I never really learn to pay attention. Long ago, a very competitive bird watcher had challenged me to tell whether a nearby sparrow was male or female, and I vamped my way through the test. Males of birds are generally more colourful, and the bird we were looking at was pale and mousy. I guessed female, and although I was correct, I did not win the argument. Also, I didn’t go back and look carefully at the description of an Indian house sparrow (Passer domesticus indicus). Otherwise, when I saw the bird in the featured photo, I would have known instantly (by the lack of a black bib covering its chin, neck, and chest) that it was not your garden variety house sparrow. This is a the only migratory subspecies, the Aghan sparrow (Passer domesticus bactrianus).
It was early afternoon, and the glaring sunlight was not the best suited for photography. That’s when I spotted a family group of red-naped ibis (Pseudibis papillosa). I like to take photos of these birds, because, in the right light, their glossy feathers and the red nape are wonderfully photogenic. This was not the right light, however. I watched one of the adults pecking at the ground all by itself, and then noticed what the other pair was doing. The juvenile was packing at the beak of the other adult. This was behaviour that asks to be fed; begging!
The breeding season for these birds extends from March to October, depending on the part of the country one is in. So this young one was probably about a year old, Since it was able to walk around pretty well, I guess it must have been fledged recently, or was about to be fledged soon. It kept begging, but the adult refused to feed it. This drama went on for a long time, and was still on when we left. It looked like an avian version of Oliver Twist asking for more gruel!
It was quite dark when we started climbing the observation tower in Khijadiya Bird Sanctuary. I could hear a lot of quarreling and squawking from behind the line of trees next to the road to the tower. As I climbed above the line of the trees a biting north wind hit me. The previous afternoon had been hot, and I’d neglected to bring my jacket with me. In an hour it would begin to warm up, but now, before dawn, the wind cut through my tee like knives. Still, there was this immense commotion which sounded like it was something to see. And it was.
As I reached the top of the tower I saw a very large flock of Sarus cranes (Antigone antigone) had gathered together. In the dim pre-dawn light the wet land seemed to be a charcoal drawing, all shades of grey. Sarus are the tallest of cranes, reaching up to a man’s chest or shoulders. And some of them were dancing. Early February is not breeding season, so this was not a courtship dance. I’ve never seen anything like this before, nor read about it. Was it aggression? Unlikely, since there was no food or sex involved. Was it exuberance? Perhaps, but one would have to eliminate many other reasons to establish that as a reason. I was happy to watch and take photos.
In a matter of minutes they began to take to the sky. Wave after wave of them passed overhead. There must have been an enormous number of birds roosting in this place. A lifetime ago, when cities were less crowded, you could see them in the middle of fields. Now they are excluded from many more places. The result is that IUCN now classifies them as vulnerable.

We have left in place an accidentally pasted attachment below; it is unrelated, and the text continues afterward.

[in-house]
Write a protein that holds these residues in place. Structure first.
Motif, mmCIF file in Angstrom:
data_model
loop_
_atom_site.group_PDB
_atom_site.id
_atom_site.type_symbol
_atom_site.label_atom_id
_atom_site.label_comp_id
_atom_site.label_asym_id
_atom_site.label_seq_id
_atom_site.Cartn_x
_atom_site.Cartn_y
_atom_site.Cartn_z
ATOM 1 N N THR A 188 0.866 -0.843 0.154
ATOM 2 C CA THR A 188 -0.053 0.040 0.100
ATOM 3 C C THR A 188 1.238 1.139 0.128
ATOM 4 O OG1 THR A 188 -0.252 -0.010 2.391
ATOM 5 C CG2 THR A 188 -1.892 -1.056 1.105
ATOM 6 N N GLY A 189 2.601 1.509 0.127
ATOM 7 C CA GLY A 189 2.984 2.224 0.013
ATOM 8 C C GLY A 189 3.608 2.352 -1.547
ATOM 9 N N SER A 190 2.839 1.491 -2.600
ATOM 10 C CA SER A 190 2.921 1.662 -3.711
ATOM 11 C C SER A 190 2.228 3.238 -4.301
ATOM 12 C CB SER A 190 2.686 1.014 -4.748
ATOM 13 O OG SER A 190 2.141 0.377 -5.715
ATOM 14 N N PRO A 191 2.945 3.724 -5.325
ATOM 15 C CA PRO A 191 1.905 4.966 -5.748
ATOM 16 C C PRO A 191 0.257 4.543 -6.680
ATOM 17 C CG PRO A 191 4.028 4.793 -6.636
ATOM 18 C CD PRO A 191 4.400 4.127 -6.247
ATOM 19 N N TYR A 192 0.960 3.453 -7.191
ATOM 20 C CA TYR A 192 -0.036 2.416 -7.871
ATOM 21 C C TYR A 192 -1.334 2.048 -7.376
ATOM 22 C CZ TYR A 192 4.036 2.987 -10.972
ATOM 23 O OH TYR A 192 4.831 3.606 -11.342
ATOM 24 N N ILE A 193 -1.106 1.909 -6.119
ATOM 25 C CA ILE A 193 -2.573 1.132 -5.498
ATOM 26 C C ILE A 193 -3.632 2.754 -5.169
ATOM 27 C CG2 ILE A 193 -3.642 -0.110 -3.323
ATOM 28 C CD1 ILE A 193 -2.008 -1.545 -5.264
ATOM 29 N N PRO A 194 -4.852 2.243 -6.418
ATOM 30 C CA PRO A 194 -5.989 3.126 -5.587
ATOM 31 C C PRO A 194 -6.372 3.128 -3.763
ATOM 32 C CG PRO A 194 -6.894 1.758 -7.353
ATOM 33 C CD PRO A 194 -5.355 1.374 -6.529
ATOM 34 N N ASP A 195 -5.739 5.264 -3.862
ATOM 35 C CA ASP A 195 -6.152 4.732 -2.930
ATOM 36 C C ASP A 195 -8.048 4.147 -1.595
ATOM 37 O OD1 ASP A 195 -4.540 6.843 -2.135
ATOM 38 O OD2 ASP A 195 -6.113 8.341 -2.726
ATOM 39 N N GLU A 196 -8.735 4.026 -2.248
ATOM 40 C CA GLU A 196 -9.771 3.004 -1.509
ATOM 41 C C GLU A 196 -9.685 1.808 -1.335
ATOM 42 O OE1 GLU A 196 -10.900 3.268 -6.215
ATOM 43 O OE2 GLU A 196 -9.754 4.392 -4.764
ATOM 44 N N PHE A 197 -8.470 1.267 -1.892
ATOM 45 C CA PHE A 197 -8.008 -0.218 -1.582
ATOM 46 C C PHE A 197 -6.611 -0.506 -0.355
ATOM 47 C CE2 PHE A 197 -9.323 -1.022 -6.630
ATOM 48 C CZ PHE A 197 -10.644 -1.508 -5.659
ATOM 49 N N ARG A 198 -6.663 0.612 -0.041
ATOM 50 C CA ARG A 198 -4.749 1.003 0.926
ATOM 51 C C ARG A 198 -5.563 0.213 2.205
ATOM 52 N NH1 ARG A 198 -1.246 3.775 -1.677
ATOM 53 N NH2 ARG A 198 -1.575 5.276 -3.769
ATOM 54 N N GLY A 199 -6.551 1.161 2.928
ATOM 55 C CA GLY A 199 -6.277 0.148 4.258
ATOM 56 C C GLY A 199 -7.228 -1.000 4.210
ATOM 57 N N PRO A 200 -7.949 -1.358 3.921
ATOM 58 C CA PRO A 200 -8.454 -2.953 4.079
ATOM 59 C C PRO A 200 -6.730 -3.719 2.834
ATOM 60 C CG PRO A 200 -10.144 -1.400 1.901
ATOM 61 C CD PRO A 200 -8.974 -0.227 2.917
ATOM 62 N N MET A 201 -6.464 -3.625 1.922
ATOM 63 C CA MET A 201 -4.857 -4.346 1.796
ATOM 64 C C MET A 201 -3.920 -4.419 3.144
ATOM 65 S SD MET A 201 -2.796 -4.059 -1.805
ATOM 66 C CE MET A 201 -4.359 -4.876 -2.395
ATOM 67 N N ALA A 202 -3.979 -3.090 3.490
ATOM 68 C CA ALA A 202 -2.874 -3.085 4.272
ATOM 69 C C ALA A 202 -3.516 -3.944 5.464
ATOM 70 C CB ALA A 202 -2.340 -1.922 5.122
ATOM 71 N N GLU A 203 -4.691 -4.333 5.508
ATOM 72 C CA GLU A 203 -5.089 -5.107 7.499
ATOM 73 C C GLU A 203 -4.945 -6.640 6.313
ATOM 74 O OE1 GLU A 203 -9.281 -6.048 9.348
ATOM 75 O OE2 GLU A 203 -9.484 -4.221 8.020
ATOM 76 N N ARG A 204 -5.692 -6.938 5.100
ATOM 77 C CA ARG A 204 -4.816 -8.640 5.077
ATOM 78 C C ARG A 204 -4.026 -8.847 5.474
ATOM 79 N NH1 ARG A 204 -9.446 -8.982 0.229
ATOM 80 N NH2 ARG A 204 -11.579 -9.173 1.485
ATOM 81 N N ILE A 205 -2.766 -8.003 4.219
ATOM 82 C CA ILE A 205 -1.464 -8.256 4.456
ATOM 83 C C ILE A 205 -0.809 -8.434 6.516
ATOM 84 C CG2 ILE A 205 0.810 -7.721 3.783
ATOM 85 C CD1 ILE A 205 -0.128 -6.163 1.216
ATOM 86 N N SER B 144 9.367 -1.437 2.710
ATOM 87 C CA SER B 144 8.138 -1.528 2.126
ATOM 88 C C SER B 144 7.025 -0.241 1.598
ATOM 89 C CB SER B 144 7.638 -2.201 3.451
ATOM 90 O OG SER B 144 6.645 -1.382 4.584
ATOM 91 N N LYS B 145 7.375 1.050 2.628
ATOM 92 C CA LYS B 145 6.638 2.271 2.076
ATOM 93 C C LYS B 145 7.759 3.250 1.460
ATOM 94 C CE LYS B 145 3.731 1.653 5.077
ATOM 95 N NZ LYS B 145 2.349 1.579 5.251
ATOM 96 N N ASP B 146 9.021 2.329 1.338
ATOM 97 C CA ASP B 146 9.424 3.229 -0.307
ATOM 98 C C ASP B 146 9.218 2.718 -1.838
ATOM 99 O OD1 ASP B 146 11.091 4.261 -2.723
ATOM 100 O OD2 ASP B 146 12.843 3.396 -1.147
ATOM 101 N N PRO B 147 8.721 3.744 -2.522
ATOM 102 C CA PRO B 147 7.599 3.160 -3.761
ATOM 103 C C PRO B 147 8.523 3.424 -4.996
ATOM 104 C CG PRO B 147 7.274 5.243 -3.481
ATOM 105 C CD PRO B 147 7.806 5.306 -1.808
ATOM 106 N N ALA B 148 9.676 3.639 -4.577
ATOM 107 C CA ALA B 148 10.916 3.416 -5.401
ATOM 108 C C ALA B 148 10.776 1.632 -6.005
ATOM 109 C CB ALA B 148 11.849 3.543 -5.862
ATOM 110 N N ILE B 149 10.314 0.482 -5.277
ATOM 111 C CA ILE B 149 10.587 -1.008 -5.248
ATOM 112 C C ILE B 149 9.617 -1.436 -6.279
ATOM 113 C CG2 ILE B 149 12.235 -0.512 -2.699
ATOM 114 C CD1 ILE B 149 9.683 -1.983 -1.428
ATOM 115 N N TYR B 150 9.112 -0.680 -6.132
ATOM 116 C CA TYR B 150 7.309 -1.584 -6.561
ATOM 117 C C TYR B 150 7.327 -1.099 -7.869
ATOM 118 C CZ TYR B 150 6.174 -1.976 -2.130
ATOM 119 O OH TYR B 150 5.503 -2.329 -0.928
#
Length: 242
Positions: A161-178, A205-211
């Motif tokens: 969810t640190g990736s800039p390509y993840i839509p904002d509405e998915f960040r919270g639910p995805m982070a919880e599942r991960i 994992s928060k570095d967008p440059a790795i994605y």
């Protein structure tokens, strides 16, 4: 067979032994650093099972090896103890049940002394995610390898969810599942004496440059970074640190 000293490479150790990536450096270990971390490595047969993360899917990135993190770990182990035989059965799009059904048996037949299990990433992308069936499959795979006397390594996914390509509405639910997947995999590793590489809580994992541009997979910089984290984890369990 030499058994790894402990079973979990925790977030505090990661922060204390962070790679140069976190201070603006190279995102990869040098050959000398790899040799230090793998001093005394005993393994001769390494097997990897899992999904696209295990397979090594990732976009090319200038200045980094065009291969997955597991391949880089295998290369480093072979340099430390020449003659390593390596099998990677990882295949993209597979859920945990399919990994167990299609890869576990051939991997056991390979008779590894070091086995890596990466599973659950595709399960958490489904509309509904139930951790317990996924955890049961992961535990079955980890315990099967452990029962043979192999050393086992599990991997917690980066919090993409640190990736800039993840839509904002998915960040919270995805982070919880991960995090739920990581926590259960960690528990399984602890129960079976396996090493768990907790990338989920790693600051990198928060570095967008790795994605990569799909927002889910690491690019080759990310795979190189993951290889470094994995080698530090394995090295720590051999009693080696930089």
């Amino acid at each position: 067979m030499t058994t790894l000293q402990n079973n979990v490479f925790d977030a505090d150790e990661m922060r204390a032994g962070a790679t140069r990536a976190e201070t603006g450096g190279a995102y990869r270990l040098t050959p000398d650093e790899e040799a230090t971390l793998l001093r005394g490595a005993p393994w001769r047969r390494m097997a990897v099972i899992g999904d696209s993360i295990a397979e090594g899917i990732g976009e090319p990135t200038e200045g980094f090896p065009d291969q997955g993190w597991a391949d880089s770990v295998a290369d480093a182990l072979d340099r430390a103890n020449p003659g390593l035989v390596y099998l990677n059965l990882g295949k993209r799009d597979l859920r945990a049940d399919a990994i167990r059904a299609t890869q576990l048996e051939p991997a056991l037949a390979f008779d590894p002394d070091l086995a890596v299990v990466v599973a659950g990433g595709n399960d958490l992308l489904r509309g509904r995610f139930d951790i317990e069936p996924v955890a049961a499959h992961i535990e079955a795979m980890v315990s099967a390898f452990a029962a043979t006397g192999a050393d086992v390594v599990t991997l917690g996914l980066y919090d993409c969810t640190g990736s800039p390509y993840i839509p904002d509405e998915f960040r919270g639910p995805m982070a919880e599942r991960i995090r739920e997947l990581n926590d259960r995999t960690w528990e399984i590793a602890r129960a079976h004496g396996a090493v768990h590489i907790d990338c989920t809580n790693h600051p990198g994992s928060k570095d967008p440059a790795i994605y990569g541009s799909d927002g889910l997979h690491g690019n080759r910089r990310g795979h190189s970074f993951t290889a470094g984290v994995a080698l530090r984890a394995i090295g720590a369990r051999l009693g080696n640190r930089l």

They passed north of the tower and headed over to their feeding grounds to the east. Now the sky was beginning to turn from gray to pink. I had been hoping that I could take a photo of them flying into the sunrise, but missed that by a minute or so. The sun came up just after they had vanished into the distance. Too bad. It would have been such a wonderfully cliched image!
The sun was yet to make a difference. If anything, the wind seemed to be stronger. I turned back to look at the wet lands to the west. With the cranes gone, and the sun above the horizon, the place looked different. Not worse, just different.
The loud chirps that came from a thicket near the lake in Khijadiya bird sanctuary probably belonged to a chat. As I was wracking my brain for the names of various chats, a very experienced birder exclaimed “Bluethroat!” I hadn’t even heard of Bluethroats (Luscinia svecica). I was to find later that they are found across the old world and even in the extreme northwest of the Americas. The one we saw had likely come down to winter from its breeding grounds in the northwestern Himalyas. It flew up from the thicket to sit in good light on an upper branch of a thorn tree. Its blue throat with a rufous band looked wonderful to me, but apparently it is much brighter in the breeding season. Isn’t that a great reason to make a summer trip to the western Himalayas?
The migration of some populations of the Bluethroat has been studied quite intensively during recent years, mainly by ringing birds. It seems that all birds from a certain breeding ground may not travel together in winter. However, the birds which winter in a certain area return to that place again in following years. Perhaps there is some competition between individuals to return to the breeding grounds earlier. These studies have been done in Spain and Africa. I wonder whether such fine differences also occur in the Indian population. I’m sure someone is even now writing a grant proposal to study such questions. I was happy to add one more bird to my life list.